The latter is more particularly illustrated in FIG. 3, showing the outer leaf spring 41, it being appreciated that the inner leaf spring 42 is of the same construction but includes a central hole for coupling rod 25. Thus, as seen in FIG. 3, leaf spring 41 includes a main section 41 a of a flat, rectangular configuration, and outer marginal regions 41 b of slightly larger width than sections 41 a and joined to the latter sections by curved transitions 41 c. The outer enlarged regions 41 b are adapted to receive the clamping bars 43 and 46, respectively, and are formed with openings for receiving the fastening bolts 44 and 47, respectively.
FIG. 3 further shows the displacement curve DC produced during the reciprocatory movements of leaf spring 41. It will be seen that the main displacement is a longitudinal displacement LD, but includes a small transverse displacement TD at its opposite ends, the latter being caused by the bending of the leaf springs.
- The Two-Diaphragm Pump of FIG. 4
The operation of the reciprocatory fluid pump illustrated in FIGS. 1-3 will be apparent from the above description. Thus, when alternating current is applied to electromagnet 14, the magnetic attraction and repellant forces applied by the electromagnet to the two permanent magnets 22, 23 reciprocate armature assembly 20 at the frequency of the power supplied to the electromagnet. These reciprocations of armature assembly 20 are permitted by leaf springs 41, 42, which, because of the parallelogram arrangement defined by the two leaf springs with ferromagnetic member 21 on one side, and with base 11 on the opposite, constrain the reciprocations to longitudinal displacements, but with a small transverse displacement at the ends, as shown in FIG. 3. The reciprocations of armature assembly 20 are transferred by coupling rod 25 to diaphragm 24. The reciprocations of diaphragm 24 change the volume within pumping chamber PC, thereby sucking fluid into the pumping chamber via suction inlet port PS and valve inlet openings 35, and pumping fluid out of the pumping chamber via valve outlet openings 37 and pressure port PP.
FIG. 4 illustrates a reciprocatory fluid pump of generally the same construction as described above with respect to FIGS. 1-3, except that it includes a second diaphragm cooperable with a second valve assembly at the opposite end of the reciprocatory armature assembly 20. For purposes of conciseness, those parts in FIG. 4 which correspond to the parts in FIGS. 1-3 are identified with the same reference numerals, whereas the new parts involved in adding the second diaphragm are identified by corresponding reference numerals but increased by “100”.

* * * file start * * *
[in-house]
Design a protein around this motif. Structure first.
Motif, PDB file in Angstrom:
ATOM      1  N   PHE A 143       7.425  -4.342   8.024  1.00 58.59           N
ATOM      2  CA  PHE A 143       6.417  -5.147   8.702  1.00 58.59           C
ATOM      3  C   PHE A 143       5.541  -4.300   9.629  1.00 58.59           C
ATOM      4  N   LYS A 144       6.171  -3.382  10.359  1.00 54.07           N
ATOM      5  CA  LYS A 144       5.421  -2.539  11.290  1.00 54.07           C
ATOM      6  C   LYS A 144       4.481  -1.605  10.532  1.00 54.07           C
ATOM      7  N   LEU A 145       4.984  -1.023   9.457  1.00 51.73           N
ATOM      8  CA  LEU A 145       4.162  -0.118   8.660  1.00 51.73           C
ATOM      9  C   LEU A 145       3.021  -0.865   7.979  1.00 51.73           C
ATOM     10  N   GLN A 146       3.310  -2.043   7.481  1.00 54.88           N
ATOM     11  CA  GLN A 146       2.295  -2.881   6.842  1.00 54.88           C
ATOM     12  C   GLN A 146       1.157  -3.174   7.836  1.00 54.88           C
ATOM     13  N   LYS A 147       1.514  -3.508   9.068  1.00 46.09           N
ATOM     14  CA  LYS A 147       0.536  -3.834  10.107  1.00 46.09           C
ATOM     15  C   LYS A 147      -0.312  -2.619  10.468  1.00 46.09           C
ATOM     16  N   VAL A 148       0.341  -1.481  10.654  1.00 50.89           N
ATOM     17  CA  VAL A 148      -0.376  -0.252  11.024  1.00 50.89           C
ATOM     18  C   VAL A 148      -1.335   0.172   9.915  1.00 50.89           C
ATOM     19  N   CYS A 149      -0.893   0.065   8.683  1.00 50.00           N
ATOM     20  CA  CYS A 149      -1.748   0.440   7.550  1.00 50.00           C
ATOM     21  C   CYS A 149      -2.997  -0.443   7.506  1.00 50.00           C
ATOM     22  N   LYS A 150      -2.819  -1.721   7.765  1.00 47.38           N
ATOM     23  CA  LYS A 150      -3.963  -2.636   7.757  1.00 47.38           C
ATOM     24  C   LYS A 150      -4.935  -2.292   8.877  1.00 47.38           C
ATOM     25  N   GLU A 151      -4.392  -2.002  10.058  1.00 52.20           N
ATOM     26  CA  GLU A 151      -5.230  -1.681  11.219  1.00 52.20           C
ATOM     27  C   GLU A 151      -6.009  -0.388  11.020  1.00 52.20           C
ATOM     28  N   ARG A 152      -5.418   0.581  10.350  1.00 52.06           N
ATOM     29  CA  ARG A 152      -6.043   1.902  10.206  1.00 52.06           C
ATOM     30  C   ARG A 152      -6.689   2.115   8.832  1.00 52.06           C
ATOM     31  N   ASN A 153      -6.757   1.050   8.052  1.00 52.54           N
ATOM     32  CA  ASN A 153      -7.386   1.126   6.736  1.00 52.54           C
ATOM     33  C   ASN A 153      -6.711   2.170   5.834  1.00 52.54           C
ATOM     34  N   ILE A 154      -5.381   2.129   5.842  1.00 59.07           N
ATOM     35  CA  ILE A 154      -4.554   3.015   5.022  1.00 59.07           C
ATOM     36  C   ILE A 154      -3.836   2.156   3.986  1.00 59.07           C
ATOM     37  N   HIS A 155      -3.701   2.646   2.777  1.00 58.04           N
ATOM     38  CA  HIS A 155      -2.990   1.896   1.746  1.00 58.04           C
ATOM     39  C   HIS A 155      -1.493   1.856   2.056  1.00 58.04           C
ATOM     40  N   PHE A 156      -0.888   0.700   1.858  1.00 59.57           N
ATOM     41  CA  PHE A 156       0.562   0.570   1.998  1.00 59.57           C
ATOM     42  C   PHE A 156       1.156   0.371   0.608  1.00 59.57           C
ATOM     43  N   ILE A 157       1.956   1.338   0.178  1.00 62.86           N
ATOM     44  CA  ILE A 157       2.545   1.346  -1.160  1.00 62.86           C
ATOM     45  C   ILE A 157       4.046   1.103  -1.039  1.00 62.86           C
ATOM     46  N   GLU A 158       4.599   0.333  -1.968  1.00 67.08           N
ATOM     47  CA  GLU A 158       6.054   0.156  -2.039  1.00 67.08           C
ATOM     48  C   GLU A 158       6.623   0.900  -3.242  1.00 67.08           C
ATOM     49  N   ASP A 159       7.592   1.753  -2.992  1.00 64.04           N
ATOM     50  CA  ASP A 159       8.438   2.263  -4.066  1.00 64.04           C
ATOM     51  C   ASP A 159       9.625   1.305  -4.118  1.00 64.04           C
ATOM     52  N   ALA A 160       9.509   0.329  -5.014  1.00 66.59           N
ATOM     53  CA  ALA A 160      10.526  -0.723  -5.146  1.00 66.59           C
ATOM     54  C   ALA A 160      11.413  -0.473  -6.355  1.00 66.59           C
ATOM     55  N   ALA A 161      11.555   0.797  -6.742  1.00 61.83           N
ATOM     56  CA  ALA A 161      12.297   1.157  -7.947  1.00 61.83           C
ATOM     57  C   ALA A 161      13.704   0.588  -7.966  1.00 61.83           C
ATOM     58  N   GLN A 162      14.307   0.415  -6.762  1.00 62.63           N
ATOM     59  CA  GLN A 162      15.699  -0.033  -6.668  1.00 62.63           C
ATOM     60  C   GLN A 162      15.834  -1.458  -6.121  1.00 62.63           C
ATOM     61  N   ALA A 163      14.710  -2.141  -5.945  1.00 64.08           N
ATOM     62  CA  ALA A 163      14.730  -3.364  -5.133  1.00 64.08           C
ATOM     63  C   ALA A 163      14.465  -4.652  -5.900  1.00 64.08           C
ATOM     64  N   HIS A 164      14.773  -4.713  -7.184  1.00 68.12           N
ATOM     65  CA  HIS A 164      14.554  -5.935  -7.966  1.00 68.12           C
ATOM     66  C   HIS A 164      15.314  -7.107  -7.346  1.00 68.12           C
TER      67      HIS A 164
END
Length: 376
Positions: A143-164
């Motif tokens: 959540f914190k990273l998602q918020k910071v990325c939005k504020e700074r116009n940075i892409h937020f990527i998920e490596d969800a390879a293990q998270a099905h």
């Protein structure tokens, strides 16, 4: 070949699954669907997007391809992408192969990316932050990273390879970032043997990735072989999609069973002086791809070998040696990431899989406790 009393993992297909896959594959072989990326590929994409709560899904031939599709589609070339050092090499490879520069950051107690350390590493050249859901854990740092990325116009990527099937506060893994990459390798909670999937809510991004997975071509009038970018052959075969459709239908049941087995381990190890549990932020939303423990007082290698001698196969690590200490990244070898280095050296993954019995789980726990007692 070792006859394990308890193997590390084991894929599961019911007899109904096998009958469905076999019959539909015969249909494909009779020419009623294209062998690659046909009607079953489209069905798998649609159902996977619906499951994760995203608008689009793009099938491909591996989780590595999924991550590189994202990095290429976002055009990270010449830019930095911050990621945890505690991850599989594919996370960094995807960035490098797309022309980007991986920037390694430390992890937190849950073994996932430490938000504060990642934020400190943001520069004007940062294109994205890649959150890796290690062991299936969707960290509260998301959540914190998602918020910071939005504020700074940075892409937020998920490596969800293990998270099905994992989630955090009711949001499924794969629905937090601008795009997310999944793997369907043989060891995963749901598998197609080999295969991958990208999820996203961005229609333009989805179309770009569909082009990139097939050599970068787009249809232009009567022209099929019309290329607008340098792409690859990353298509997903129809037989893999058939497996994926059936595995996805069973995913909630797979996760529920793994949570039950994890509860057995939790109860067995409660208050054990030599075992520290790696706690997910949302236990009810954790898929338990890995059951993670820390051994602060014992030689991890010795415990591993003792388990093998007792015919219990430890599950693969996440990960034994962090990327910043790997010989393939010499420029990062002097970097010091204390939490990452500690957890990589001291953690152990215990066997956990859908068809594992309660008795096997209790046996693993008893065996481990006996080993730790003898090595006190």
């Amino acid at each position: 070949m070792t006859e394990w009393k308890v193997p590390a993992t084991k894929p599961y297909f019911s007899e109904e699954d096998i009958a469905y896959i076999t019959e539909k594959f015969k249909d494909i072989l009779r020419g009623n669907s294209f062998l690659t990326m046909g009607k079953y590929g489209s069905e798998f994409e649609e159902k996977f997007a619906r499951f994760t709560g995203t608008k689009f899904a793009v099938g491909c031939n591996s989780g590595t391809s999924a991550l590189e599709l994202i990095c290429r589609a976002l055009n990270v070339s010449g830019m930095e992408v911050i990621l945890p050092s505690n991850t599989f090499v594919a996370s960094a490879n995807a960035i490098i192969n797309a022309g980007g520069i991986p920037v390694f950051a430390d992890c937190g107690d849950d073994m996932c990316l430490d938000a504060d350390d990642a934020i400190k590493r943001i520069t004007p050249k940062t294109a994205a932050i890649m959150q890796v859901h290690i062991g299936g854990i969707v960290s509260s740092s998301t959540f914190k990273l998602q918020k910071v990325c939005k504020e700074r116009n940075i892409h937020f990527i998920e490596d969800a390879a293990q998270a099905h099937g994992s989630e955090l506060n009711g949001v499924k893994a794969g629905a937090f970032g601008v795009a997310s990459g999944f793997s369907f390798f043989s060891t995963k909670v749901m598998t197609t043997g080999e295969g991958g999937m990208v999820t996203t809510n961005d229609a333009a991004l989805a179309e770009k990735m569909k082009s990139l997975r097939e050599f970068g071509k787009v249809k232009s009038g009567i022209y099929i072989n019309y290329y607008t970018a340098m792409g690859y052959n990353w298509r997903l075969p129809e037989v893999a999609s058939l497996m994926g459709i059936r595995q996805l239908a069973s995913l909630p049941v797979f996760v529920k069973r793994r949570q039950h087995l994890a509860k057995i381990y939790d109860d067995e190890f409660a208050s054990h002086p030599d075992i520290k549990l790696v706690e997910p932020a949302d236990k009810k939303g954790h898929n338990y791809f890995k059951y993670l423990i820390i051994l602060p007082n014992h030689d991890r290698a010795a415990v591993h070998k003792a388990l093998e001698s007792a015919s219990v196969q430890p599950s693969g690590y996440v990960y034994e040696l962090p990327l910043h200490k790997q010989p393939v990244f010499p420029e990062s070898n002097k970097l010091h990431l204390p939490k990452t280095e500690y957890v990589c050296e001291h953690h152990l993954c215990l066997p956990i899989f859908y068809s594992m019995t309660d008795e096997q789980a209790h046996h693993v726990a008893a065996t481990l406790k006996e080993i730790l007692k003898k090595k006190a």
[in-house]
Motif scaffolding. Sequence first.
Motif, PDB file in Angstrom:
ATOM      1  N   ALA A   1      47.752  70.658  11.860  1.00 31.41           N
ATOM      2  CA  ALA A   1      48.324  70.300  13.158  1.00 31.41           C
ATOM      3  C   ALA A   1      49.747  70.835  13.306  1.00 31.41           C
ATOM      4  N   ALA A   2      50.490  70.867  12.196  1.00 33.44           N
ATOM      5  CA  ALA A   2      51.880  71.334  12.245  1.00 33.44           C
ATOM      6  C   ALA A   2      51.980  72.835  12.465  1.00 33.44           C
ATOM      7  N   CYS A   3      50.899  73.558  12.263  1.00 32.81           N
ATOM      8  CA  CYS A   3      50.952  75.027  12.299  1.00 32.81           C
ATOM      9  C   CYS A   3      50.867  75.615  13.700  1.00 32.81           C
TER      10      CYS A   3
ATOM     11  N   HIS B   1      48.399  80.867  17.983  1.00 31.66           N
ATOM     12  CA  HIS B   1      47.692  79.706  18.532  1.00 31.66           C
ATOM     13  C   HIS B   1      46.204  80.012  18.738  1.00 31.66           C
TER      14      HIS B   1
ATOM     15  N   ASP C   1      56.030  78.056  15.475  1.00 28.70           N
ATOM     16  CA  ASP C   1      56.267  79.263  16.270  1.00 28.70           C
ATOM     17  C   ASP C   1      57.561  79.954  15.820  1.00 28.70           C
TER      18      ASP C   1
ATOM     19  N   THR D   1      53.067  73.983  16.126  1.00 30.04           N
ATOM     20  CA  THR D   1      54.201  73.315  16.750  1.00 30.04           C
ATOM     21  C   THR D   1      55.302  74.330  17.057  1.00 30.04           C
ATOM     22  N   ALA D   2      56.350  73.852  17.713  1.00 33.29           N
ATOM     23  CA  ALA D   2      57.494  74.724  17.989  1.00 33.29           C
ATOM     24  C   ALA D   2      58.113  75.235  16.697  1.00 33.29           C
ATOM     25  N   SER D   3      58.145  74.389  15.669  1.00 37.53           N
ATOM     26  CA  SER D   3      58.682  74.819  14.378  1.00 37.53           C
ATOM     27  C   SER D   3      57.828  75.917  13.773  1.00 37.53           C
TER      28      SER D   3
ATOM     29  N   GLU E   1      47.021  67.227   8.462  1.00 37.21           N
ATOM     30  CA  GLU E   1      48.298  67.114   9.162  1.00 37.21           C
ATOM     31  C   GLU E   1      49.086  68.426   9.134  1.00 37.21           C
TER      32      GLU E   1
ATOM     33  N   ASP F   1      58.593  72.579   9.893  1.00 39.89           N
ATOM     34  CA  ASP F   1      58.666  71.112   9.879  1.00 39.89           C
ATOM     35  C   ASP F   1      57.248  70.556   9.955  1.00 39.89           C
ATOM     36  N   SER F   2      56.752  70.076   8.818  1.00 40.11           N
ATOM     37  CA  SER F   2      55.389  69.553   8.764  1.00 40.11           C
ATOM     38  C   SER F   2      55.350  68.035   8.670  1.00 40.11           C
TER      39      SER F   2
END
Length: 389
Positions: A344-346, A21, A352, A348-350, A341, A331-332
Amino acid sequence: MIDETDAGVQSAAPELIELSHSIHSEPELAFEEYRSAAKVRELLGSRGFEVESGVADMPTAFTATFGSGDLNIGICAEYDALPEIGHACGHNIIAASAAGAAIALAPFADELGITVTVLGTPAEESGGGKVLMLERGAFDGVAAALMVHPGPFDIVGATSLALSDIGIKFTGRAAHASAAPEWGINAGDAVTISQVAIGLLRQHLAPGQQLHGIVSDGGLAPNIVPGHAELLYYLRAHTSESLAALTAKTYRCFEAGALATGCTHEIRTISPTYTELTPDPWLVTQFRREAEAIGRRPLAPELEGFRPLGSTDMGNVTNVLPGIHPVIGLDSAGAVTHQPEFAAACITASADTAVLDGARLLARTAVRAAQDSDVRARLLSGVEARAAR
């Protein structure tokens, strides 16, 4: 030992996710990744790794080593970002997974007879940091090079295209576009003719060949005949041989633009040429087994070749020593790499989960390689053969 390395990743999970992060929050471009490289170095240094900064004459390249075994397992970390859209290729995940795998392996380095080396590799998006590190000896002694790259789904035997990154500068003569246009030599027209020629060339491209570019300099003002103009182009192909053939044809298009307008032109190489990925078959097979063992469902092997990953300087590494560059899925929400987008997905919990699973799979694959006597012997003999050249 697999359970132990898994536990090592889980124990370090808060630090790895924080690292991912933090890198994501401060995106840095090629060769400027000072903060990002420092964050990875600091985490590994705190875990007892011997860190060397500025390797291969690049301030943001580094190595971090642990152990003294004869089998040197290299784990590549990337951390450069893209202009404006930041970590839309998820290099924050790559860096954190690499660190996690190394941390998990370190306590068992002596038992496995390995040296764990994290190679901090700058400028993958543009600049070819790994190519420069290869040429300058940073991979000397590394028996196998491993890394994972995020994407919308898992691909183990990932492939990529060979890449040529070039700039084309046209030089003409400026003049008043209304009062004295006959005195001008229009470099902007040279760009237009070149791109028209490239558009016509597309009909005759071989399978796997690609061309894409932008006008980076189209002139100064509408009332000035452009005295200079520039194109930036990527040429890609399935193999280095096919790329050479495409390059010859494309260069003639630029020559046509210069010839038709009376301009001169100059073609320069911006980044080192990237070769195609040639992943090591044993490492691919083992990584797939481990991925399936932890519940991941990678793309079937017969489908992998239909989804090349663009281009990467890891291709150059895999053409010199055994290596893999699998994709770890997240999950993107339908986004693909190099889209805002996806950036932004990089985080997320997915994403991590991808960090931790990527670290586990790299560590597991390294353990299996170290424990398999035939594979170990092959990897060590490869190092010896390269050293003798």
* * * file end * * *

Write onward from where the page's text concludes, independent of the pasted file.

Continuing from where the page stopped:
- The Piston Pump Illustrated in FIG. 5
Thus, as shown in FIG. 4, a second diaphragm 124 and a second valve assembly 130 are coupled to armature assembly 20 by coupling rod 125, such that during one-half cycle of operation of the pump, fluid pressure is outletted via pressure port PP on one side (right side), and during the next half-cycle fluid pressure is outletted via the pressure port PP on the opposite site (left side). Thus, the two-diaphragm pump illustrated in FIG. 4 substantially increases the output of the pump with a relatively small increase in size, weight and expense, since it uses but a single electromagnet.
FIG. 5 illustrates a reciprocatory fluid pump constructed and operating substantially as described above with respect to FIGS. 1-3, except that the pumping member is a piston moveable within a cylinder, rather than a diaphragm. For purposes of conciseness, those parts of the pump of FIG. 5 generally corresponding to those described above in FIGS. 1-3 are identified by the same reference numerals, whereas the piston used as a pumping member is identified by the reference numeral 224, its coupling to the reciprocatory armature assembly 20 is identified by the reference number 225, and the cylinder within which the piston moves is identified by the reference numeral 226.
The piston implementation illustrated in FIG. 5 is otherwise constructed, and otherwise operates in substantially the same manner, as described above with respect to FIGS. 1-3, except that since cylinder 226 constrains the movement of piston 224 to strictly longitudinal displacements, coupling member 225 is a stiff member, as described above with respect to FIGS. 1-3, except that it has some elasticity permitting some transverse displacement of the piston. For example, coupling member 225 could be another pair of spaced leaf spring arranged in a parallelogram or a rod, wire or bar dimensioned to couple the longitudinal displacements of the reciprocatory armature assembly 20 to the piston, but to permit slight bending in the transverse direction to accommodate the transverse displacements.
While the invention has been described with respect to several preferred embodiments, it will appreciated that these are set forth merely for purposes of example, and that many other variations, modifications and applications of the inventions may be made.